1. Nothing in the present Charter precludes the existence of regional arrangements or agencies for dealing with such matters relating to the maintenance of international peace and security as are appropriate for regional action, provided that such arrangements or agencies and their activities are consistent with the Purposes and Principles of the United Nations.

2. The Members of the United Nations entering into such arrangements or constituting such agencies shall make every effort to achieve pacific settlement of local disputes through such regional arrangements or by such regional agencies before referring them to the Security Council.

3. The Security Council shall encourage the development of pacific settlement of local disputes through such regional arrangements or by such regional agencies either on the initiative of the states concerned or by reference from the Security Council.

4. This Article in no way impairs the application of Articles 34 and 35.

ARTICLE 53

1. The Security Council shall, where appropriate, utilize such regional arrangements or agencies for enforcement action under its authority. But no enforcement action shall be taken under regional arrangements or by regional agencies without the authorization of the Security Council, with the exception of measures against any enemy state, as defined in paragraph 2 of this Article, provided for pursuant to Article 107 or in regional arrangements directed against renewal of aggressive policy on the part of any such state, until such time as the Organization may, dn request of the Governments concerned, be charged with the responsibility for preventing further aggression by such a state.

2. The term enemy state as used in paragraph 1 of this Article applies to any state which during the Second World War has been an enemy of any signatory of the present Charter.

ARTICLE 54 The Security Council shall at all times be kept fully informed of activities undertaken or in contemplation under regional arrangements or by regional agencies for the maintenance of international peace and security.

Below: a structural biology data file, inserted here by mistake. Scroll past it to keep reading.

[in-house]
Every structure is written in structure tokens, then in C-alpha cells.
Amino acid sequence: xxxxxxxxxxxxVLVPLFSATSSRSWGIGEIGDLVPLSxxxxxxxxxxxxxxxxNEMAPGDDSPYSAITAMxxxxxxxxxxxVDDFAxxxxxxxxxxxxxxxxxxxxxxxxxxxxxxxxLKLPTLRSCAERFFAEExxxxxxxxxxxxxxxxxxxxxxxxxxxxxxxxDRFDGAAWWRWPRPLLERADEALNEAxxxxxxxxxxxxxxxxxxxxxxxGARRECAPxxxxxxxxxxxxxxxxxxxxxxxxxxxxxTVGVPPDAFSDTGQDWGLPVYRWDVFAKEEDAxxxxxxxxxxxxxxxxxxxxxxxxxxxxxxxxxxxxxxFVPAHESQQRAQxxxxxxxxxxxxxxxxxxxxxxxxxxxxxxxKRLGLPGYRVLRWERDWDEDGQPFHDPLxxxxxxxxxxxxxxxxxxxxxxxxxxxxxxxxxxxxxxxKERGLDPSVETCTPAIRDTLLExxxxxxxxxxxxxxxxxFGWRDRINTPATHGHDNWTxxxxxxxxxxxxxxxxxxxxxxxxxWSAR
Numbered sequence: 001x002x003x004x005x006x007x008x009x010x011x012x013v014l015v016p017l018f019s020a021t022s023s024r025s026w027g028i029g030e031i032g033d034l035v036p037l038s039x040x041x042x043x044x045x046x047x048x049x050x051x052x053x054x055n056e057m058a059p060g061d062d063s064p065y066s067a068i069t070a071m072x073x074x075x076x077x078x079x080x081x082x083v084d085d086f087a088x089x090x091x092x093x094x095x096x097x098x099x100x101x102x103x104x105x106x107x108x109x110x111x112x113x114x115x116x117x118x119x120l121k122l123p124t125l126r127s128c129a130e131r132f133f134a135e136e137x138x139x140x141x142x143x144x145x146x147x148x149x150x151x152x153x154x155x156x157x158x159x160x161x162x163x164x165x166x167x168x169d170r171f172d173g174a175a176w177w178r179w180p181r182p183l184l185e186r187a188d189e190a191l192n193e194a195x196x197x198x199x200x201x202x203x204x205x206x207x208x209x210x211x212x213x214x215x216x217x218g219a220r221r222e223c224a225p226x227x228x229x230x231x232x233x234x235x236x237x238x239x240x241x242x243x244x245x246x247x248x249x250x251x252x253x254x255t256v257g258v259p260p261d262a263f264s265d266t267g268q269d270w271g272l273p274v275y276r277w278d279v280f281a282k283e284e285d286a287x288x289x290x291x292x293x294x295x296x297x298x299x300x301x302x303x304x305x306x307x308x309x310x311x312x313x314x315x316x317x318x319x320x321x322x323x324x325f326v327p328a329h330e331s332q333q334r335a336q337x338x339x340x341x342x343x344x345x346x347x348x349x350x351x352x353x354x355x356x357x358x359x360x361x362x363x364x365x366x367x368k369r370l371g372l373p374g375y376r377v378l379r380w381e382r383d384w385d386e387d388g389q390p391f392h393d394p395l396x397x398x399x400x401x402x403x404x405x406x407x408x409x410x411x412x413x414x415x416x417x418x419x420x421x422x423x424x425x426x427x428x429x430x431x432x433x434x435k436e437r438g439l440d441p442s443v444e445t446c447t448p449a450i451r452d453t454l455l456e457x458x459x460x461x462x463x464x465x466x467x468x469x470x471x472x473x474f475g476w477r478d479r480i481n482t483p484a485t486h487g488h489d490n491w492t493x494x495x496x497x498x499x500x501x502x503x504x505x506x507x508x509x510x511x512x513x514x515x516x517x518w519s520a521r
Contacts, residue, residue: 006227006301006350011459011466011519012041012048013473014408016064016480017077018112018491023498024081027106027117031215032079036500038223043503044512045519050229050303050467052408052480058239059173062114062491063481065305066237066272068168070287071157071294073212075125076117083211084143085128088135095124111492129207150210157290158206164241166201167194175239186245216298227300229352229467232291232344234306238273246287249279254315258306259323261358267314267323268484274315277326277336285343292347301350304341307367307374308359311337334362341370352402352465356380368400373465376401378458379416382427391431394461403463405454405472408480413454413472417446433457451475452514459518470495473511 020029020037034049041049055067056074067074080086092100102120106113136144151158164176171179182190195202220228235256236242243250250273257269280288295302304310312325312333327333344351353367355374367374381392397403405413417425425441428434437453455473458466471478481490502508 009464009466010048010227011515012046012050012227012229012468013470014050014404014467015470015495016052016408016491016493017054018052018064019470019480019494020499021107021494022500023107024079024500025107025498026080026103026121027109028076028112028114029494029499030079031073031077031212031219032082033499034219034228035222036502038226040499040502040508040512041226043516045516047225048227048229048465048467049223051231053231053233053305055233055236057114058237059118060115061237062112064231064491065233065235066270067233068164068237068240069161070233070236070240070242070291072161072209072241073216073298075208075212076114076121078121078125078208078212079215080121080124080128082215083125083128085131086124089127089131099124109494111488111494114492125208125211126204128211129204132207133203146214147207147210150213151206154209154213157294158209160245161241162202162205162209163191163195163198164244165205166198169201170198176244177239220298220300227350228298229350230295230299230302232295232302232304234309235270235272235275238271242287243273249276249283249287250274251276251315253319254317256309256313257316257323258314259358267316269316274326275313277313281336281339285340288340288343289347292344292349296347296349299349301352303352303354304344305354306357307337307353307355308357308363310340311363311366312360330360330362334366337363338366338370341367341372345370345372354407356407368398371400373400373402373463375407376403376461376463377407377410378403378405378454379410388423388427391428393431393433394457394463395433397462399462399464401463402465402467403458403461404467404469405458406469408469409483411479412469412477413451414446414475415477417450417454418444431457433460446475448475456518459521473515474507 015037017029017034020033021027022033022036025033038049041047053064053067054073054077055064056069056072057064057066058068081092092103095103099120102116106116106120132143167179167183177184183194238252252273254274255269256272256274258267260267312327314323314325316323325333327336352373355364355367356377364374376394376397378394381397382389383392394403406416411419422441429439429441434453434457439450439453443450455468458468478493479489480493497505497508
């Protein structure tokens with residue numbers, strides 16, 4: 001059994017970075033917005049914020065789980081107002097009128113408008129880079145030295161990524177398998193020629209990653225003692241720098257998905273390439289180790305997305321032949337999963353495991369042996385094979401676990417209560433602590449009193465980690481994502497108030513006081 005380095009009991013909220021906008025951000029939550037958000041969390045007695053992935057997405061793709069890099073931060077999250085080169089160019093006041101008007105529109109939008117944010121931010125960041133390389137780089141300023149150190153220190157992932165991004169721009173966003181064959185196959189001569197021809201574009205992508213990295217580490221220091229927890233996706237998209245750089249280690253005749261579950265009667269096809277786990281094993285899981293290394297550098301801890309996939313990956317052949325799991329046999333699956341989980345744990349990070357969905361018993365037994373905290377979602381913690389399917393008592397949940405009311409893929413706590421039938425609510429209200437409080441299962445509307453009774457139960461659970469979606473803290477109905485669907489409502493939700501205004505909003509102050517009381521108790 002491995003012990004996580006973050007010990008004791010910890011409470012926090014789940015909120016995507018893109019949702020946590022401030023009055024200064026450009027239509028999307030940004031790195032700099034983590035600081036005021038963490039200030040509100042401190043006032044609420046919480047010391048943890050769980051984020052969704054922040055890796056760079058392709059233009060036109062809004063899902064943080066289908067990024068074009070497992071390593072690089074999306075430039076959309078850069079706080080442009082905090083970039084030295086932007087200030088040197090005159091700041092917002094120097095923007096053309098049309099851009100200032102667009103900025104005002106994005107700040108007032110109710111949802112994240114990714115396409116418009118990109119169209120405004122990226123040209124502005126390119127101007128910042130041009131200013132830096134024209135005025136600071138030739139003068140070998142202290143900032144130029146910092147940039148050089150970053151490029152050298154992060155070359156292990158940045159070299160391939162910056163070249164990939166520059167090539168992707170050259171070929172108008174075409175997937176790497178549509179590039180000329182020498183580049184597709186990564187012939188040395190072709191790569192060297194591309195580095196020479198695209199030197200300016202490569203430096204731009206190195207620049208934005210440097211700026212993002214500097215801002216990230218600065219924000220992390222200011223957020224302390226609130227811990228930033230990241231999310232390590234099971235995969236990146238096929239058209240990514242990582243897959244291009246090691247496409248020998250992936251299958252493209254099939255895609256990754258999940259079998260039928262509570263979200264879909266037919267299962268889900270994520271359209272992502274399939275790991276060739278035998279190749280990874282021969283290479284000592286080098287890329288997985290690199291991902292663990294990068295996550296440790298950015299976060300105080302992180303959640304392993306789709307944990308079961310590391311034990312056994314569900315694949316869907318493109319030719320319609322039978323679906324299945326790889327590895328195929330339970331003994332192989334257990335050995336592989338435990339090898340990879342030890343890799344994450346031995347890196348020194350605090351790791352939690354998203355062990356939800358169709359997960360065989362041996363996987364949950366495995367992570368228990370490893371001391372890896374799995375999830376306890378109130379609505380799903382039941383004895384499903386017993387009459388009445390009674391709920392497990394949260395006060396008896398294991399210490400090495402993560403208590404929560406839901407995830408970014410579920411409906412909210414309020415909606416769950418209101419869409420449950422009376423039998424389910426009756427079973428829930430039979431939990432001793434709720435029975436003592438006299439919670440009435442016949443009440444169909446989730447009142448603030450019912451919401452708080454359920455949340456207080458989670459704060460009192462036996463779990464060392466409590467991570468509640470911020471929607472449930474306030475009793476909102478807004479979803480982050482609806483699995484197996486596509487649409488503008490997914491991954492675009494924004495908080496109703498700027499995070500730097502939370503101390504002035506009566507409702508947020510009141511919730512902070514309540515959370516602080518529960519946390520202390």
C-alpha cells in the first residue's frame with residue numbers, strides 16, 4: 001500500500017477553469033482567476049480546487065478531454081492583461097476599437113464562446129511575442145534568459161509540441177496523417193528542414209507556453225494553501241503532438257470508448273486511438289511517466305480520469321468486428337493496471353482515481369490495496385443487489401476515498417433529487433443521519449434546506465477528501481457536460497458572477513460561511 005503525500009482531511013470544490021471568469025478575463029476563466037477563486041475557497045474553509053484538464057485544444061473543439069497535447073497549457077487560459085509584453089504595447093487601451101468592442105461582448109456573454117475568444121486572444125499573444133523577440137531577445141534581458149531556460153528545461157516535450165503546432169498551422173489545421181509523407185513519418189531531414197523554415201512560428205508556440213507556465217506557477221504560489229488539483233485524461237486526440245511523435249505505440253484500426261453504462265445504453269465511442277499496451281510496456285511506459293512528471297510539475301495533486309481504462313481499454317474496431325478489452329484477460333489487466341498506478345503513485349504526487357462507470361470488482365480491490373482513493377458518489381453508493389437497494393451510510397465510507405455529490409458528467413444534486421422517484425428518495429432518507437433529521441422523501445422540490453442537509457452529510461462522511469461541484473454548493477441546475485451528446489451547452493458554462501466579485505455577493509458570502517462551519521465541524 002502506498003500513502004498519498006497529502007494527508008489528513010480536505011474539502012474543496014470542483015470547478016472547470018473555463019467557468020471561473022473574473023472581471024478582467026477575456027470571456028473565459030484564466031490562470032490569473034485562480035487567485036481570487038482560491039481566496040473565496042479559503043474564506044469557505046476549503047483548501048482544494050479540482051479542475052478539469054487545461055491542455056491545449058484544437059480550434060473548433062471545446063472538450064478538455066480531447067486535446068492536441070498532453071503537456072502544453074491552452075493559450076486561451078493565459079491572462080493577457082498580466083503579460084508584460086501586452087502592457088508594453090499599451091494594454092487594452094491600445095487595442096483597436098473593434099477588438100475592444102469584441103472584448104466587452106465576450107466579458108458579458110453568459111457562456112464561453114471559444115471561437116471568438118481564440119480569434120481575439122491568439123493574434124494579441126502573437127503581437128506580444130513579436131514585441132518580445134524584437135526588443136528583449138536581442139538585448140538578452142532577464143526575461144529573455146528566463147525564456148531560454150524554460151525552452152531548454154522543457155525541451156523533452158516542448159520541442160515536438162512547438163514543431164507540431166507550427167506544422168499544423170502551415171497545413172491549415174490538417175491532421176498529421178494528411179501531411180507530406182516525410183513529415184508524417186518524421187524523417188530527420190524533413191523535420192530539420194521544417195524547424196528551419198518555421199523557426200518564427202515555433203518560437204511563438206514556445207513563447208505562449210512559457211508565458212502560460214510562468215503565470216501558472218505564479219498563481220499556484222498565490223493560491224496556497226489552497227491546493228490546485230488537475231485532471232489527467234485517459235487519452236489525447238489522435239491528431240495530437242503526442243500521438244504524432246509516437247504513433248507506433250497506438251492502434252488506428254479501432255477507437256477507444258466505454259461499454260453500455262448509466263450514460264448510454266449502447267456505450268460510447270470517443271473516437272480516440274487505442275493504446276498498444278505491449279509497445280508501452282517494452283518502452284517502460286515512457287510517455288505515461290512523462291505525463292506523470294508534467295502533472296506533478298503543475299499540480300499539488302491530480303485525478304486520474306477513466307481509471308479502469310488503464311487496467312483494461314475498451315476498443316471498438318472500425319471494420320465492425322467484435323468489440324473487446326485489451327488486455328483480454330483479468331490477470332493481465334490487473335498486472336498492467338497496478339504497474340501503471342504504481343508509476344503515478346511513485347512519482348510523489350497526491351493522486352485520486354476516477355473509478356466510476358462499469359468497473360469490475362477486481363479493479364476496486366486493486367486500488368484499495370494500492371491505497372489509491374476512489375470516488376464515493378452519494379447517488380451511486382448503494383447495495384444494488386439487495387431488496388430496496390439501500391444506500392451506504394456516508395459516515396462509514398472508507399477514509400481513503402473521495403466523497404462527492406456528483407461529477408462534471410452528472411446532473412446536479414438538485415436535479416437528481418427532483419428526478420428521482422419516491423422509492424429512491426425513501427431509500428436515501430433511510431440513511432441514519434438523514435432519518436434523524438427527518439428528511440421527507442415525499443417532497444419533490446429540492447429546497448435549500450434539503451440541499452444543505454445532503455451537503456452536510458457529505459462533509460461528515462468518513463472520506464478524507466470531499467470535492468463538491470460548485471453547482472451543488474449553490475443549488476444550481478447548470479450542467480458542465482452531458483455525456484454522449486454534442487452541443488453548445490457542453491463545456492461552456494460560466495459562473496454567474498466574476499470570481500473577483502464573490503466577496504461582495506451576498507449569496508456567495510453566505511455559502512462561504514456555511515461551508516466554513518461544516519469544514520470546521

Dumbarton Oaks Proposals—Continued

10. The members of the Organization should join in affording mutual assistance in carrying out the measures decided upon by the Security Council.

(From Ch. VIII, Sec. B, Par. 10)

11. Any state, whether a member of the Organization or not, which finds itself confronted with special economic problems arising from the carrying out of measures which have been decided upon by the Security Council should have the right to consult the Security Council in regard to a solution of those problems.

(From Ch. VIII, Sec. B, Par. 11)

Section C. Regional Arrangements

1. Nothing in the Charter should preclude the existence of regional arrangements or agencies for dealing with such matters relating to the maintenance of international peace and security as are appropriate for regional action, provided such arrangements or agencies and their activities are consistent with the purposes and principles of the Organization. The Security Council should encourage settlement of local disputes through such regional arrangements or by such regional agencies, either on the initiative of the states concerned or by reference from the Security Council.

(From Ch. VIII, Sec. C, Par. 1)

2. The Security Council should, where appropriate, utilize such arrangements or agencies for enforcement action under its authority but no enforcement action should be taken under regional arrangements or by regional agencies without the authorization of the Security Council.

(From Ch. VIII, Sec. C, Par. 2)

3. The Security Council should at all times be kept fully informed of activities undertaken or in contemplation under regional arrangements or by regional. agencies for the maintenance of international peace and security.

(From Ch. VIII, Sec. C, Par. 3)